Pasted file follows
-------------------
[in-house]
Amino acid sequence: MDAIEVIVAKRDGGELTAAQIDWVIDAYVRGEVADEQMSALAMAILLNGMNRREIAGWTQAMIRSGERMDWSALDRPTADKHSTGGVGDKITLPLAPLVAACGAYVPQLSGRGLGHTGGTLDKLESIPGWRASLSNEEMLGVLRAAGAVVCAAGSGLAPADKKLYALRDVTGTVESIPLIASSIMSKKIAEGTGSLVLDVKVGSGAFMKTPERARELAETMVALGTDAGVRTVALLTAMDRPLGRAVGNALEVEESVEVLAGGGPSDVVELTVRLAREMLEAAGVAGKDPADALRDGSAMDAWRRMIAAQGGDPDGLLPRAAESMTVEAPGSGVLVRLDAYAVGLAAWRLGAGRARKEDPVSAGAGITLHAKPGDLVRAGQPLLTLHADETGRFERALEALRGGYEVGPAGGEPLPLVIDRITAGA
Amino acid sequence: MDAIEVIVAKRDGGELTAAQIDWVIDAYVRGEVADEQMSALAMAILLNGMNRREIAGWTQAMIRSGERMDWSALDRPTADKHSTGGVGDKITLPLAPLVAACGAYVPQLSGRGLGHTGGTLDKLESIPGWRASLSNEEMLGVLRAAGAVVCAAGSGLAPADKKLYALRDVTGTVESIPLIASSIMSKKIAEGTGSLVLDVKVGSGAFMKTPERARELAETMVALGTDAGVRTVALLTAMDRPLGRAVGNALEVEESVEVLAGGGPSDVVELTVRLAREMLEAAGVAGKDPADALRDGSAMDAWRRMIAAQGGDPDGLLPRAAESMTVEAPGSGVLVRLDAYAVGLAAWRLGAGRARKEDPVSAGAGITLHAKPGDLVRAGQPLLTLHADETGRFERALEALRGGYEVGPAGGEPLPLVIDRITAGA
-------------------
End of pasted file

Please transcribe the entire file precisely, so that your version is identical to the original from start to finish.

[in-house]
Amino acid sequence: MDAIEVIVAKRDGGELTAAQIDWVIDAYVRGEVADEQMSALAMAILLNGMNRREIAGWTQAMIRSGERMDWSALDRPTADKHSTGGVGDKITLPLAPLVAACGAYVPQLSGRGLGHTGGTLDKLESIPGWRASLSNEEMLGVLRAAGAVVCAAGSGLAPADKKLYALRDVTGTVESIPLIASSIMSKKIAEGTGSLVLDVKVGSGAFMKTPERARELAETMVALGTDAGVRTVALLTAMDRPLGRAVGNALEVEESVEVLAGGGPSDVVELTVRLAREMLEAAGVAGKDPADALRDGSAMDAWRRMIAAQGGDPDGLLPRAAESMTVEAPGSGVLVRLDAYAVGLAAWRLGAGRARKEDPVSAGAGITLHAKPGDLVRAGQPLLTLHADETGRFERALEALRGGYEVGPAGGEPLPLVIDRITAGA
Amino acid sequence: MDAIEVIVAKRDGGELTAAQIDWVIDAYVRGEVADEQMSALAMAILLNGMNRREIAGWTQAMIRSGERMDWSALDRPTADKHSTGGVGDKITLPLAPLVAACGAYVPQLSGRGLGHTGGTLDKLESIPGWRASLSNEEMLGVLRAAGAVVCAAGSGLAPADKKLYALRDVTGTVESIPLIASSIMSKKIAEGTGSLVLDVKVGSGAFMKTPERARELAETMVALGTDAGVRTVALLTAMDRPLGRAVGNALEVEESVEVLAGGGPSDVVELTVRLAREMLEAAGVAGKDPADALRDGSAMDAWRRMIAAQGGDPDGLLPRAAESMTVEAPGSGVLVRLDAYAVGLAAWRLGAGRARKEDPVSAGAGITLHAKPGDLVRAGQPLLTLHADETGRFERALEALRGGYEVGPAGGEPLPLVIDRITAGA